Down to the Bone

October 3, 2008
Paul Engstrom

CURE, Special Issue 2008, Volume 7, Issue 4

Improvements in reducing cancer-related bone pain include new drugs, innovative ways to deliver radiation, and surgery to repair bone.








Managing the pain of cancer that has spread to bone—most commonly in breast, prostate, lung, and kidney cancers, and in multiple myeloma—presents special challenges. One of them is movement-induced pain, says Tom Smith, MD, medical director of the Thomas Palliative Care Unit at in . “If you have bones that are grating or stretching or scratching one another,” he says, “that sort of motion pain can be among the most difficult to relieve.”




A number of new treatments for cancer-related bone pain are under investigation. In clinical trials, researchers are combining Lyrica (pregabalin), an anticonvulsant used to treat nerve pain, with radiation therapy, the current standard for bone pain relief, to learn if this is more effective than radiation alone. In another trial at the , a rapid freezing technique called cryoablation is being compared with radiation.

In some cases, doctors can now relieve bone pain for which opioids and other options are not effective by injecting a special kind of cement—a technique called percutaneous cementoplasty—into diseased bone cavities. If a diseased vertebra must be removed, surgeons can fashion a cement-filled wire basket as a replacement. Kyphoplasty, another option for cancer that has spread to the spine, repairs fractures and restores the vertebrae to the correct position using a balloon that creates a mold for bone cement.

Two current trends in radiation therapy for bone pain are hypofractionation, in which oncologists administer one or two large radiation doses rather than 10 or 12 small doses, and stereotactic radiation, in which a large dose is focused on a specific portion of bone or other tissue, often over just a few days.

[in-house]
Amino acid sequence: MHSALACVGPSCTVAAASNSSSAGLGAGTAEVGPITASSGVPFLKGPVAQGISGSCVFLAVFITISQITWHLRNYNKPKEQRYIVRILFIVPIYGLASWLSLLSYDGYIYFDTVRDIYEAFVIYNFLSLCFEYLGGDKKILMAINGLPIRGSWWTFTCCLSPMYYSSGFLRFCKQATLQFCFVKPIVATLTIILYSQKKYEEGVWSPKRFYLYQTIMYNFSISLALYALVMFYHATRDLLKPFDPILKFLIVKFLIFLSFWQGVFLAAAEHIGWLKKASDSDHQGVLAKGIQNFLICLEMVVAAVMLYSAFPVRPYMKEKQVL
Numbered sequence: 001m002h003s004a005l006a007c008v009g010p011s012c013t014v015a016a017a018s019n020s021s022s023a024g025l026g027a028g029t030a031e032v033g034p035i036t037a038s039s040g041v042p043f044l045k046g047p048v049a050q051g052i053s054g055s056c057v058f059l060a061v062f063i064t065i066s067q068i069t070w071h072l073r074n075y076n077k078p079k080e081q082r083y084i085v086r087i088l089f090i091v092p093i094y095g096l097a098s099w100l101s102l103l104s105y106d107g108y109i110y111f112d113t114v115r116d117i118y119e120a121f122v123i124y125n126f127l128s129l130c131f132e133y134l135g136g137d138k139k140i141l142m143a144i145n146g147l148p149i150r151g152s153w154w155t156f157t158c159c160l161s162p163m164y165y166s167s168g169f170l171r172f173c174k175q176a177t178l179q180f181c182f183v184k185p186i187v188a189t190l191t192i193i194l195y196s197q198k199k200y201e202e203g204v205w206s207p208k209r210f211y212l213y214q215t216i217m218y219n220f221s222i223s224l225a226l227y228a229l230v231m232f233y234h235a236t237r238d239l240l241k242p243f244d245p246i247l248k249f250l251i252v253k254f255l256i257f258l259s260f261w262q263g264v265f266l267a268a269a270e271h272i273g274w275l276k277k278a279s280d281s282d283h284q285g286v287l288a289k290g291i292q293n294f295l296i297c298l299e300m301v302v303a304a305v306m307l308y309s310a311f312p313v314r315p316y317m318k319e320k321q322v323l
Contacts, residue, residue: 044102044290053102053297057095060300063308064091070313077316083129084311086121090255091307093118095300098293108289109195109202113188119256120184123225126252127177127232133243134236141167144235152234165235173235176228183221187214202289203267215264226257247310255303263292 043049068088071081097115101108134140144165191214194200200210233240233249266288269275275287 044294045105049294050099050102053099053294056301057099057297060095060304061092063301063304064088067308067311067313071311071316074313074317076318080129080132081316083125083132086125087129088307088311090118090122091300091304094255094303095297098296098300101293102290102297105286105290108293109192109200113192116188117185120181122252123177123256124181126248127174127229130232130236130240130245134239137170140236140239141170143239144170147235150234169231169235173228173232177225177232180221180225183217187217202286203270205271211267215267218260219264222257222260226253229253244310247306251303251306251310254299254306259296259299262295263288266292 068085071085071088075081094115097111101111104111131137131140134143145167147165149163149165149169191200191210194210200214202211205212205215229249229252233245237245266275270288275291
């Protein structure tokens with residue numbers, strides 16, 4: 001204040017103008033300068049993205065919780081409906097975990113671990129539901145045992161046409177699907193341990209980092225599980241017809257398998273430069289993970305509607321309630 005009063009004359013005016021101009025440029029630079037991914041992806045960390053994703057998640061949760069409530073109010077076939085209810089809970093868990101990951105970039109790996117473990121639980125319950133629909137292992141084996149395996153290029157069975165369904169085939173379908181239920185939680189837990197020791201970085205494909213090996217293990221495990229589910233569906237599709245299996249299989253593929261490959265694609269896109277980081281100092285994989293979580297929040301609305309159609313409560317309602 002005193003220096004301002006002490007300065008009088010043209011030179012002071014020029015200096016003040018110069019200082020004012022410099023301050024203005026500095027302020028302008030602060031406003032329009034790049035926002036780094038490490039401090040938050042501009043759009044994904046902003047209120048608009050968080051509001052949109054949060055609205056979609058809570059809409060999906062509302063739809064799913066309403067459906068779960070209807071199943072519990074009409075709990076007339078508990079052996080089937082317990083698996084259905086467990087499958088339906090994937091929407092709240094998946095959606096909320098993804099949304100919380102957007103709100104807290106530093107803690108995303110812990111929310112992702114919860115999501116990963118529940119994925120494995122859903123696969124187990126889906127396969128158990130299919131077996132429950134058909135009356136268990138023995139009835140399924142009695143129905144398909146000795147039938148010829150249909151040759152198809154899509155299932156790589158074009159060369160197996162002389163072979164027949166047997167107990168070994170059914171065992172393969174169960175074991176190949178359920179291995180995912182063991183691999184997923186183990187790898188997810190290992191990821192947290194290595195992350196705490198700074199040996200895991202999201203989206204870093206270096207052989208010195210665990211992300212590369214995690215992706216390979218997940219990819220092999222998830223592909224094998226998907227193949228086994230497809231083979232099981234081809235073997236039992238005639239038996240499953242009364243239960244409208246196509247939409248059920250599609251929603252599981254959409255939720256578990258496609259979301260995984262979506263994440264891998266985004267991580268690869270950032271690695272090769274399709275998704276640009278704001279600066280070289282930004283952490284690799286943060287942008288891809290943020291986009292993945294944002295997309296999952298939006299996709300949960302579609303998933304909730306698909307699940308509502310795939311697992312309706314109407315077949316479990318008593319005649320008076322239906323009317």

Hypofractionation “works just as well as small, multiple doses, relieves pain quicker, and costs a lot less because there are fewer treatments involved,” Smith says. “Hypofractionated radiation relieves pain very quickly, often more quickly than longer treatment plans.”

In addition to radiation therapy, other options for treating cancer-related bone pain are bisphosphonates, chemotherapy, surgery, and radiopharmaceuticals, including Quadramet (samarium-153) and Metastron (strontium-89). The latter are radioactive materials that can be targeted to certain kinds of bone lesions, especially those in prostate cancer, and thus reduce pain.

Bisphosphonates are a relatively new class of drugs offering multiple benefits. By inhibiting cells called osteoclasts that break down bone tissue, they counteract osteoporosis and treatment-related bone loss, which in turn reduces the risk of fracture. Bisphosphonates, which also have a pain-killing effect, include Aredia (pamidronate) and the more potent and more commonly used Zometa (zoledronic acid).